“Don’t allow yourself to be heard any longer complaining about…life, not even with your own ears!”
Marcus Aurelius, ‘Meditations’, 8.9
“The basic thing is that everyone wants happiness, no one wants suffering. And happiness mainly comes from our own attitude, rather than from external factors.”
Tenzin Gyatso (The real Dalai Lama)
Man is the only animal that laughs. Enjoy it. Even faking a laugh changes our brain chemistry for the better.
The essence of a belief is the establishment of a habit.
Have I come to believe yet?
Addiction is trading away the future to feel better today.
How did that work out for me?
If my addictions had made me happy, I wouldn’t be in recovery.
Do I find myself surprised at some of the things that make me happy now?
“The mind is its own place, and in itself can make a heaven of hell, a hell of heaven” ~ John Milton, Paradise Lost
How is my head treating me today? How am I treating my head?
Resentments are the poison that we drink, and then wait for the other person to die.
Some of the truest words you’ll ever read.
Think about it. Think about that terrible thing that (insert name here) did to you back in the long-ago. Think about how bad it made you feel. Think about how you’d like to get back at (**), how you’d like to tell them off in words that would make them shrivel and leave them with nothing at all to say.
How often do those thoughts come into your head? Once a week? Once a day? Continue reading “Do You Want To Be Right, Or Would You Rather Be Happy?”
As our addictions progressed, we lost our zest for life. Some of us, depending on our childhood experiences, didn’t have much to begin with, but for sure as our need to feed our addictions at all cost became greater, we began to focus on that instead of the natural joys of living. We reached a point where we had no energy, felt sluggish, were unable to work up any enthusiasm unless we were high (sometimes).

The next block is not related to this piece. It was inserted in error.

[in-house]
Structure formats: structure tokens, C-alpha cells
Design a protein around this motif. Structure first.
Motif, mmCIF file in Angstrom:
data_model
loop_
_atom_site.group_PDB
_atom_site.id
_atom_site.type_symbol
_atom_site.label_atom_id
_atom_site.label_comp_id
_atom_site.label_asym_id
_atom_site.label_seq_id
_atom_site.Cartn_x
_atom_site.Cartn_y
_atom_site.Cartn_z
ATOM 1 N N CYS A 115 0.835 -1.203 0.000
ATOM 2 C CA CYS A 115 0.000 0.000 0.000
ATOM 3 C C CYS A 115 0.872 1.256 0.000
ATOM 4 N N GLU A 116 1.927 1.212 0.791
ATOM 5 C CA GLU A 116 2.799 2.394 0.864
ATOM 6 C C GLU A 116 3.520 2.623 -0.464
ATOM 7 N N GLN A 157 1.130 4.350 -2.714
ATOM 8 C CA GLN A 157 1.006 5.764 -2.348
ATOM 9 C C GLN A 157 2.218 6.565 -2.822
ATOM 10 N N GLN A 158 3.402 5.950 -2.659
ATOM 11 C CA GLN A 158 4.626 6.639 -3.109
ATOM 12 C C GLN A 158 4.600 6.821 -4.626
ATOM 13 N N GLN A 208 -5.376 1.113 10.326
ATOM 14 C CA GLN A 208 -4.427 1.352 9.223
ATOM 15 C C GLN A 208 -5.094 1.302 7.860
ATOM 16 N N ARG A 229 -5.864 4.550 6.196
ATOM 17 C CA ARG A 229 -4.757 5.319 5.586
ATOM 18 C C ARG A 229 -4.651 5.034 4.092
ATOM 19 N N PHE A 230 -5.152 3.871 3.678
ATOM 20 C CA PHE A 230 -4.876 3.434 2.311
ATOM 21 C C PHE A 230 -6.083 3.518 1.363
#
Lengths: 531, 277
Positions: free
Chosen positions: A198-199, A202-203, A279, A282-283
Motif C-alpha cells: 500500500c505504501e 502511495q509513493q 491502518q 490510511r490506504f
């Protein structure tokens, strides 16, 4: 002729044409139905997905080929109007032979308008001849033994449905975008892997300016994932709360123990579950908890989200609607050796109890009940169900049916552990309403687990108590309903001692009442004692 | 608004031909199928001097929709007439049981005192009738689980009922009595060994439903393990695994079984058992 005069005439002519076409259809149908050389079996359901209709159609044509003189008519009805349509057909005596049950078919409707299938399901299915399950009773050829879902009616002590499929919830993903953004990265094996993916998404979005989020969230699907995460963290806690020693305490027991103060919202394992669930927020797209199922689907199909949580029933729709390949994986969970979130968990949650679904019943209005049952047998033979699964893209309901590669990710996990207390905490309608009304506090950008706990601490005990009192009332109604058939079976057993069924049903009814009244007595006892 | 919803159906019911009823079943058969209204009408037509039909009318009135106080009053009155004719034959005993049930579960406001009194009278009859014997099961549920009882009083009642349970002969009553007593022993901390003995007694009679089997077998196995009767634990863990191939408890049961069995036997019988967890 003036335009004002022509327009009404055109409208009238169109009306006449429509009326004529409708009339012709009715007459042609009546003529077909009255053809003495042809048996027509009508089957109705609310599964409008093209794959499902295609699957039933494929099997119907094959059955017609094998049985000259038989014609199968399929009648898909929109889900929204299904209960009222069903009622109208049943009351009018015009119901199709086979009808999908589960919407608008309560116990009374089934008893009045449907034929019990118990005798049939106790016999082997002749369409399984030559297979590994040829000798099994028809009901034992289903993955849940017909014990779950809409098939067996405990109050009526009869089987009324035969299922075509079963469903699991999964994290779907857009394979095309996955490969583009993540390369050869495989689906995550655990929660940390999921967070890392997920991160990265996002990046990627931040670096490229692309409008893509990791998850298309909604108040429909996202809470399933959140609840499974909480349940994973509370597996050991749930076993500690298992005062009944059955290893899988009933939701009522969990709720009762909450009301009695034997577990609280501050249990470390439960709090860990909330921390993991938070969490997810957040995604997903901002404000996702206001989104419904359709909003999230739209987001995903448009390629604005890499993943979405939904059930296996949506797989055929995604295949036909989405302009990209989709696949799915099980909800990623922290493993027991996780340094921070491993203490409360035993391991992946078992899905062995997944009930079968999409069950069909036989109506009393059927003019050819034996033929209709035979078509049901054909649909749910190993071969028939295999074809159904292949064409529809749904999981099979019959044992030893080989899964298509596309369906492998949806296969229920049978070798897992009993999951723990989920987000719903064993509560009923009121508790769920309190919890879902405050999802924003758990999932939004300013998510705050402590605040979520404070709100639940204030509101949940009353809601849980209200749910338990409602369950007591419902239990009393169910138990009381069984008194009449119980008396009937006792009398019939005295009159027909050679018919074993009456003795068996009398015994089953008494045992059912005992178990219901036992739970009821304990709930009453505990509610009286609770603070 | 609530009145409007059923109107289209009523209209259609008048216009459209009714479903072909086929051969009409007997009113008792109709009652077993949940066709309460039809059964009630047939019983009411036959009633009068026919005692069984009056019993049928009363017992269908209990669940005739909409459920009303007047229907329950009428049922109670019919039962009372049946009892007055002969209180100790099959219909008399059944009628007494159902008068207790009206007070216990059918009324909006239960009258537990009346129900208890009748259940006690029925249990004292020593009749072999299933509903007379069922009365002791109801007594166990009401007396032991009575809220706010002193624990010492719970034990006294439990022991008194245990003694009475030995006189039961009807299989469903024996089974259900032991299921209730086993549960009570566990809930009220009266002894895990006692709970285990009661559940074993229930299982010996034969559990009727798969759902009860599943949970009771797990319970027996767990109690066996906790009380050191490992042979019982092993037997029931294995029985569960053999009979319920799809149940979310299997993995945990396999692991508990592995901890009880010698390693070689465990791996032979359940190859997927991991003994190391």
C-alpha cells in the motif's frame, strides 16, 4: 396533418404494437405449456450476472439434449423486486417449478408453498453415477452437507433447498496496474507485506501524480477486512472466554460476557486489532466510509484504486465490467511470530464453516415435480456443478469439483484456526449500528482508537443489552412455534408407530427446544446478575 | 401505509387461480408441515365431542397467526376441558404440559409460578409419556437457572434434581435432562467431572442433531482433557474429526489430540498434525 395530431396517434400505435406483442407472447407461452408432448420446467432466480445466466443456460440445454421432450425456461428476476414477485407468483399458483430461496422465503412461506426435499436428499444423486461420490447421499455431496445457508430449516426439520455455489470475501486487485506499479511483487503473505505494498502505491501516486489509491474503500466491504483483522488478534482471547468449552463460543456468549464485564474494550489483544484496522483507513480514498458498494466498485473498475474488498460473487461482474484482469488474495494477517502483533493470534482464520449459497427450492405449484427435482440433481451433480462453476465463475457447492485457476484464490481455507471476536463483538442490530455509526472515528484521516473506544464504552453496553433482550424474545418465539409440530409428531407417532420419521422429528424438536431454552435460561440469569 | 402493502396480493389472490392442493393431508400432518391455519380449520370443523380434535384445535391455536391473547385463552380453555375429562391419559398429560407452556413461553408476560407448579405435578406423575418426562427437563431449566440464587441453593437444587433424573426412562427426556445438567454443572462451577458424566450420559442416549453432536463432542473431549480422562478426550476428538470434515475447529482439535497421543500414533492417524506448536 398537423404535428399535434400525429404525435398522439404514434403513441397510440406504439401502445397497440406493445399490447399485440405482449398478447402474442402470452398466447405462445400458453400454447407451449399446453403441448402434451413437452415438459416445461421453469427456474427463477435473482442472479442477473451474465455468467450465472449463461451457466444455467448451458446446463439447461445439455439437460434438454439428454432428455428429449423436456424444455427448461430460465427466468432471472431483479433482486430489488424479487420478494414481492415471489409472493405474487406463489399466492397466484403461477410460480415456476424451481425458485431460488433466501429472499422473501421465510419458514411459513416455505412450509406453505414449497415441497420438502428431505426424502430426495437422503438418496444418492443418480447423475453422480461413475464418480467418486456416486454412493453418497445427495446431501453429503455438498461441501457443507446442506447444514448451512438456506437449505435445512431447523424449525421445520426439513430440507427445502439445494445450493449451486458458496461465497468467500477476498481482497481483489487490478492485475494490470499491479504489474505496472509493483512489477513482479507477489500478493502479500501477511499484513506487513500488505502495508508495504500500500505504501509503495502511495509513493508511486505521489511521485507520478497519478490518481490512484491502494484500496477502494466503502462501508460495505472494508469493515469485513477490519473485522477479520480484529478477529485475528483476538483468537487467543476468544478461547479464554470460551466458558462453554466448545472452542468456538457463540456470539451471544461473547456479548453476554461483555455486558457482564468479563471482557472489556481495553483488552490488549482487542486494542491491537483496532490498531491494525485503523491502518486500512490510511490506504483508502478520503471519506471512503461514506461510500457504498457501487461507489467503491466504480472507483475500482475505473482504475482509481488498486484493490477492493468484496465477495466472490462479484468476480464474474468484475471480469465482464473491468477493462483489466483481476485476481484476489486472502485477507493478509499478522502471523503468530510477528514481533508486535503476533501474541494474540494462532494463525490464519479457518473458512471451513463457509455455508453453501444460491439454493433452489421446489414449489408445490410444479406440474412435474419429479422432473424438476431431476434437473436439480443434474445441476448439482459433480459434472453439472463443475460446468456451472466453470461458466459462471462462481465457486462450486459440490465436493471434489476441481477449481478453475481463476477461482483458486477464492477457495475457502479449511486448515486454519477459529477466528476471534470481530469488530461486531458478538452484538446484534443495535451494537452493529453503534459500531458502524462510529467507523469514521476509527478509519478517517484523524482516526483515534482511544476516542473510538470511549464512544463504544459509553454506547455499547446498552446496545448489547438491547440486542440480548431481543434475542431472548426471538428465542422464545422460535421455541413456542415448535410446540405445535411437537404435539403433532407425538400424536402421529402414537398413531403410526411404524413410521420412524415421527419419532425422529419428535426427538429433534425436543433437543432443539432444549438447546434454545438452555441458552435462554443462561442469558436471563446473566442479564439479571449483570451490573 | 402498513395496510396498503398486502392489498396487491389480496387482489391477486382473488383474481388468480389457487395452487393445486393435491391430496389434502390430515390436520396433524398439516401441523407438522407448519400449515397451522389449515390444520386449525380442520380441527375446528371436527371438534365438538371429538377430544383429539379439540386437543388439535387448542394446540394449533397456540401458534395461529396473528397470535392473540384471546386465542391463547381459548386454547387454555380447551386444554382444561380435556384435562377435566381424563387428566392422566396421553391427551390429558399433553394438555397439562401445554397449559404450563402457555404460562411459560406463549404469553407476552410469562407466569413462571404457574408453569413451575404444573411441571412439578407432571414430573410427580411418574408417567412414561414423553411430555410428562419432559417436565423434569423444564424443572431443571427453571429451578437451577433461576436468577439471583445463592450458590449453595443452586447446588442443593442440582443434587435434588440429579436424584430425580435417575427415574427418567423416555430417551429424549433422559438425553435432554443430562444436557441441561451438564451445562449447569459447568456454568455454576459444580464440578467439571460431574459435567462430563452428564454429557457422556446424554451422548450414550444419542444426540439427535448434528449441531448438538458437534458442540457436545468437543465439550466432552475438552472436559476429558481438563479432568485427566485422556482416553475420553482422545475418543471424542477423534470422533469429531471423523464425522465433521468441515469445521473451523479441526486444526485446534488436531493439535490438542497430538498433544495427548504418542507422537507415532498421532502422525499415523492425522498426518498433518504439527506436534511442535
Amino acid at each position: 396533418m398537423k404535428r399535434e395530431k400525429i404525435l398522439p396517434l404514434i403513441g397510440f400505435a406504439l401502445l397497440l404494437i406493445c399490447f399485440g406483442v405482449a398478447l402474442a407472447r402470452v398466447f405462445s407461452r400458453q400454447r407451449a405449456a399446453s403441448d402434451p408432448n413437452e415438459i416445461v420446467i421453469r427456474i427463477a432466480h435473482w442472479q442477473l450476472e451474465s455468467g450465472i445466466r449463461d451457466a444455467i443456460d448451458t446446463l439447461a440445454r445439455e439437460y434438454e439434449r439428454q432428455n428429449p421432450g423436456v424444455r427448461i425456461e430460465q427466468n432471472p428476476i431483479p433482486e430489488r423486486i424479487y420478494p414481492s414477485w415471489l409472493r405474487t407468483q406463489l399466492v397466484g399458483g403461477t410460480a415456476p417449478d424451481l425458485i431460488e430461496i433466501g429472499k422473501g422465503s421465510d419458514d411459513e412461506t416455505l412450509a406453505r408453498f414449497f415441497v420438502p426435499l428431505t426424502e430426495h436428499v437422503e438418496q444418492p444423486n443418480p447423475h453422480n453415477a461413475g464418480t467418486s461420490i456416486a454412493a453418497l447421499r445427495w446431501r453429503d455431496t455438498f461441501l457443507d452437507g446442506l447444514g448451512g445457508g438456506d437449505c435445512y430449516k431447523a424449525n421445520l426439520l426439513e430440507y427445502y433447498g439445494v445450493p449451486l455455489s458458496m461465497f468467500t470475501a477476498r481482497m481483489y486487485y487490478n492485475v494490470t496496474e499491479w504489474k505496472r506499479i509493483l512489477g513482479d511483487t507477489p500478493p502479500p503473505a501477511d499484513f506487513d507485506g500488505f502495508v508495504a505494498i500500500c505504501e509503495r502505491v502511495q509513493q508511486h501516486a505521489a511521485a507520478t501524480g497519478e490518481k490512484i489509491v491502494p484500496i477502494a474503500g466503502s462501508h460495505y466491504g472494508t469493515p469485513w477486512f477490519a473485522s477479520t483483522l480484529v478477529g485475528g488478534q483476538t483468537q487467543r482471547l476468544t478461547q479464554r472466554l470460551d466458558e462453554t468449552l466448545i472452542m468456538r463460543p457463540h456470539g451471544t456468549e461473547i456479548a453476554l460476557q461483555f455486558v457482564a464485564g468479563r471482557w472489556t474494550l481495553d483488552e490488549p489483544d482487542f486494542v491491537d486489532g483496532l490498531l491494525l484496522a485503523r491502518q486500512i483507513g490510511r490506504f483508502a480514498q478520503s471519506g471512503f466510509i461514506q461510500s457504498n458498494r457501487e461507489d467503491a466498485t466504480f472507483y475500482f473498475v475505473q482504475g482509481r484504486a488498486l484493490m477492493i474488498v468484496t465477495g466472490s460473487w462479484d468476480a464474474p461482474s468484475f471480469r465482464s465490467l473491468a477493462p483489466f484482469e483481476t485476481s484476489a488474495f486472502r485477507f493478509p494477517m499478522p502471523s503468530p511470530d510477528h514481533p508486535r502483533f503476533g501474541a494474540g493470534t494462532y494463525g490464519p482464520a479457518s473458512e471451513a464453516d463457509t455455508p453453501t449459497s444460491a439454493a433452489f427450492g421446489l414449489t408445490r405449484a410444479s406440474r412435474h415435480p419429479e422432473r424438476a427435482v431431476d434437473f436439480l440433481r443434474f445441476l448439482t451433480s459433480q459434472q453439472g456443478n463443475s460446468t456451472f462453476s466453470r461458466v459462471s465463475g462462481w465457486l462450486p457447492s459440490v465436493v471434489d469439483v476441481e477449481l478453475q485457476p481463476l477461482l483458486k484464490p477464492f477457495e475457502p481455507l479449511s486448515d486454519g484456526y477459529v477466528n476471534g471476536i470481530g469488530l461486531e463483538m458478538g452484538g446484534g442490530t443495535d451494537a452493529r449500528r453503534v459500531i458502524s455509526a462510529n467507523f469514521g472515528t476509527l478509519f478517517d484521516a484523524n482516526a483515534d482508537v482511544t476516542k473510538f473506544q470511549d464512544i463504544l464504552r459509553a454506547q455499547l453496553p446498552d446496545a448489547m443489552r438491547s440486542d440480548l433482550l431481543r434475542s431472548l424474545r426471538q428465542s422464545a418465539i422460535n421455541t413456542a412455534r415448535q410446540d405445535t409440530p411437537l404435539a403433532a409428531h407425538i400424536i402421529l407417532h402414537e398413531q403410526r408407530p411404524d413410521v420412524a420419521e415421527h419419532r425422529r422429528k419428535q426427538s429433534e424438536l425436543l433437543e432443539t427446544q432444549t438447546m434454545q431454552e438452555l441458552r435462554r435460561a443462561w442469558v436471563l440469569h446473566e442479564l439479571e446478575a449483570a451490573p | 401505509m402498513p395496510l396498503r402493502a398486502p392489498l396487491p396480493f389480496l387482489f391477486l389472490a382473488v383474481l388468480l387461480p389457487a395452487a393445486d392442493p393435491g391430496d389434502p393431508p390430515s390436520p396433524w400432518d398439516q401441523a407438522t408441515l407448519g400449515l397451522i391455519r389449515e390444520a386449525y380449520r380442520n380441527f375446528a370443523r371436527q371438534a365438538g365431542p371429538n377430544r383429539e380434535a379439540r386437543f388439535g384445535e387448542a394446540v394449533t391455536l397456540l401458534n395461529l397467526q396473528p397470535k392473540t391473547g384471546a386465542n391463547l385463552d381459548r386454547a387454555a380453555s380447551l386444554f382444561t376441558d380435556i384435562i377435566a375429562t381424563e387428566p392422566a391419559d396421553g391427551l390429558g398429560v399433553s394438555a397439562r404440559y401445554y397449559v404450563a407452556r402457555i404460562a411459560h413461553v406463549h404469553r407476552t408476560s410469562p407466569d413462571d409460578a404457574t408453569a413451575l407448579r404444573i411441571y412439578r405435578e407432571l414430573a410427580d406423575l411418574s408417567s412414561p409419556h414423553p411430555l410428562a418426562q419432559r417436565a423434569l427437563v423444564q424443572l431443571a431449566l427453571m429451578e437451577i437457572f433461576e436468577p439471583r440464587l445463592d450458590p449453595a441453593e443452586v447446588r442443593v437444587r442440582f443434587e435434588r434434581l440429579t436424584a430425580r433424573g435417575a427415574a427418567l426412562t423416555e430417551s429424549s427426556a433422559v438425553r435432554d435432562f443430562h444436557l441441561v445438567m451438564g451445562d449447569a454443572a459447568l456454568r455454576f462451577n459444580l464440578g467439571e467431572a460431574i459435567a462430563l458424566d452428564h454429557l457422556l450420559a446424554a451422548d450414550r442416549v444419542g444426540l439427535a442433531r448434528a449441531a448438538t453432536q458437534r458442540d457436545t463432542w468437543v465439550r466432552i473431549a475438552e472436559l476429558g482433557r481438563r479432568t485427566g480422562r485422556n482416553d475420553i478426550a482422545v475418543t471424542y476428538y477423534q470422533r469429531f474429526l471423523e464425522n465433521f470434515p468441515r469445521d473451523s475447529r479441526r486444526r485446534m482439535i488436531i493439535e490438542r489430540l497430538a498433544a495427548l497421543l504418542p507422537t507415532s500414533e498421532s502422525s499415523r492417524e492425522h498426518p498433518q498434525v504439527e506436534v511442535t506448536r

We became self-absorbed. We withdrew from others when their attitudes toward our using began to threaten our disease. We became self-centered, and often convinced ourselves that we didn’t need other people in our lives. Eventually we denied ourselves one of the basic things that makes us human – – our sense of community and belonging.
Successful recovery demands that we overcome these feelings of isolation and unworthiness. The best place to do that is in our recovery groups, where people understand us and what we’ve gone through. Although those not in recovery may mean well, they don’t “get it” most of the time, and indeed will in most cases try to pass along to us a world view that we are not yet equipped to understand.
Gradually we begin to trust the people in our groups. As that trust increases, we begin to let them know who we really are, and as we do that we become able to let the child inside come out to play sometimes. Without the trust that we build with our peers in recovery, learning to appreciate and enjoy the world at large is difficult, if not impossible. Once we become convinced that we don’t have to check for a sniper behind every bush, we can relax and enjoy our walk through the park.
Are you the happiest person you know? Not necessarily the luckiest, richest, or most successful, just the happiest?
If not, why not?
How Happy Are You?